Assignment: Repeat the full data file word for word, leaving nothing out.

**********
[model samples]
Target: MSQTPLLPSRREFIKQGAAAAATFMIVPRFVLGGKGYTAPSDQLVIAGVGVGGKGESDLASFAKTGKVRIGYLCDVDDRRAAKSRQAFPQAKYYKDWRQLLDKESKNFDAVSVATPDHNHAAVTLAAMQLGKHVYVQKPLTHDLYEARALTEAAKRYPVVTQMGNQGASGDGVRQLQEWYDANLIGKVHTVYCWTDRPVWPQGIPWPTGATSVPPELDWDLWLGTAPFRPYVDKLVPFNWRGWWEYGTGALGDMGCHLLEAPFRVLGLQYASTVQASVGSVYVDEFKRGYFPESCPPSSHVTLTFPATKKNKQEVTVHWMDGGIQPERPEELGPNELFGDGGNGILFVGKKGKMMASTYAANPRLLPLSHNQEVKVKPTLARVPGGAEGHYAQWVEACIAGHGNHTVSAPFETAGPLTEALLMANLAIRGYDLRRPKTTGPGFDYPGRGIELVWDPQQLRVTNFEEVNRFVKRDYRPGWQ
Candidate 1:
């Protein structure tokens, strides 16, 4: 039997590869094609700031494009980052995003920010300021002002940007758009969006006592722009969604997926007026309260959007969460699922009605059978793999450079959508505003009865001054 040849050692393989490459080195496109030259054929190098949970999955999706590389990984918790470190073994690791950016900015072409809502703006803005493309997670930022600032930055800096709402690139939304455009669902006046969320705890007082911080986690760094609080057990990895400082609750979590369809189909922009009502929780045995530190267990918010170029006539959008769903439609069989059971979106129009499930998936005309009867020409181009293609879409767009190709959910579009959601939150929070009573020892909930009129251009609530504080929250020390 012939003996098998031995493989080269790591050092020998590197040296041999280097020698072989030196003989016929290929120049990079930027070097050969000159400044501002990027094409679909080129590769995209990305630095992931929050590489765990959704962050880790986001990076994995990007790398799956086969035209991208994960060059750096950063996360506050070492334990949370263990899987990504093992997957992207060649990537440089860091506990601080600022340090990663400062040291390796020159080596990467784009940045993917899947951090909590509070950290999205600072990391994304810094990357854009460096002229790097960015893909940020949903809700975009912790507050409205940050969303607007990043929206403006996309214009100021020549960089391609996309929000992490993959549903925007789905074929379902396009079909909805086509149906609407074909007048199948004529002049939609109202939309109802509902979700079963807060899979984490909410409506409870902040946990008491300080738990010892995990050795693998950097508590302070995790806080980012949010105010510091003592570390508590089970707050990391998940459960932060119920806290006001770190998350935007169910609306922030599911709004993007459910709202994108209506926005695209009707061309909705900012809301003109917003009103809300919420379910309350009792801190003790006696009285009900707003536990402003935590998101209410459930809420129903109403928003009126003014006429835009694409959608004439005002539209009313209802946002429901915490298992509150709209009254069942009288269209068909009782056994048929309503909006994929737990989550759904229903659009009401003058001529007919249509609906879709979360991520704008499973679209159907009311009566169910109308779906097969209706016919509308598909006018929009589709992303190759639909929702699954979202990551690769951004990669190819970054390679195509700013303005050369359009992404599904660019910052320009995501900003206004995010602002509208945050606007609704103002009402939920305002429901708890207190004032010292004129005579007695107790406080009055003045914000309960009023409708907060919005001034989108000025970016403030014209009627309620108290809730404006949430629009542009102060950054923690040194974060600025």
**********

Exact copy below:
[model samples]
Target: MSQTPLLPSRREFIKQGAAAAATFMIVPRFVLGGKGYTAPSDQLVIAGVGVGGKGESDLASFAKTGKVRIGYLCDVDDRRAAKSRQAFPQAKYYKDWRQLLDKESKNFDAVSVATPDHNHAAVTLAAMQLGKHVYVQKPLTHDLYEARALTEAAKRYPVVTQMGNQGASGDGVRQLQEWYDANLIGKVHTVYCWTDRPVWPQGIPWPTGATSVPPELDWDLWLGTAPFRPYVDKLVPFNWRGWWEYGTGALGDMGCHLLEAPFRVLGLQYASTVQASVGSVYVDEFKRGYFPESCPPSSHVTLTFPATKKNKQEVTVHWMDGGIQPERPEELGPNELFGDGGNGILFVGKKGKMMASTYAANPRLLPLSHNQEVKVKPTLARVPGGAEGHYAQWVEACIAGHGNHTVSAPFETAGPLTEALLMANLAIRGYDLRRPKTTGPGFDYPGRGIELVWDPQQLRVTNFEEVNRFVKRDYRPGWQ
Candidate 1:
């Protein structure tokens, strides 16, 4: 039997590869094609700031494009980052995003920010300021002002940007758009969006006592722009969604997926007026309260959007969460699922009605059978793999450079959508505003009865001054 040849050692393989490459080195496109030259054929190098949970999955999706590389990984918790470190073994690791950016900015072409809502703006803005493309997670930022600032930055800096709402690139939304455009669902006046969320705890007082911080986690760094609080057990990895400082609750979590369809189909922009009502929780045995530190267990918010170029006539959008769903439609069989059971979106129009499930998936005309009867020409181009293609879409767009190709959910579009959601939150929070009573020892909930009129251009609530504080929250020390 012939003996098998031995493989080269790591050092020998590197040296041999280097020698072989030196003989016929290929120049990079930027070097050969000159400044501002990027094409679909080129590769995209990305630095992931929050590489765990959704962050880790986001990076994995990007790398799956086969035209991208994960060059750096950063996360506050070492334990949370263990899987990504093992997957992207060649990537440089860091506990601080600022340090990663400062040291390796020159080596990467784009940045993917899947951090909590509070950290999205600072990391994304810094990357854009460096002229790097960015893909940020949903809700975009912790507050409205940050969303607007990043929206403006996309214009100021020549960089391609996309929000992490993959549903925007789905074929379902396009079909909805086509149906609407074909007048199948004529002049939609109202939309109802509902979700079963807060899979984490909410409506409870902040946990008491300080738990010892995990050795693998950097508590302070995790806080980012949010105010510091003592570390508590089970707050990391998940459960932060119920806290006001770190998350935007169910609306922030599911709004993007459910709202994108209506926005695209009707061309909705900012809301003109917003009103809300919420379910309350009792801190003790006696009285009900707003536990402003935590998101209410459930809420129903109403928003009126003014006429835009694409959608004439005002539209009313209802946002429901915490298992509150709209009254069942009288269209068909009782056994048929309503909006994929737990989550759904229903659009009401003058001529007919249509609906879709979360991520704008499973679209159907009311009566169910109308779906097969209706016919509308598909006018929009589709992303190759639909929702699954979202990551690769951004990669190819970054390679195509700013303005050369359009992404599904660019910052320009995501900003206004995010602002509208945050606007609704103002009402939920305002429901708890207190004032010292004129005579007695107790406080009055003045914000309960009023409708907060919005001034989108000025970016403030014209009627309620108290809730404006949430629009542009102060950054923690040194974060600025």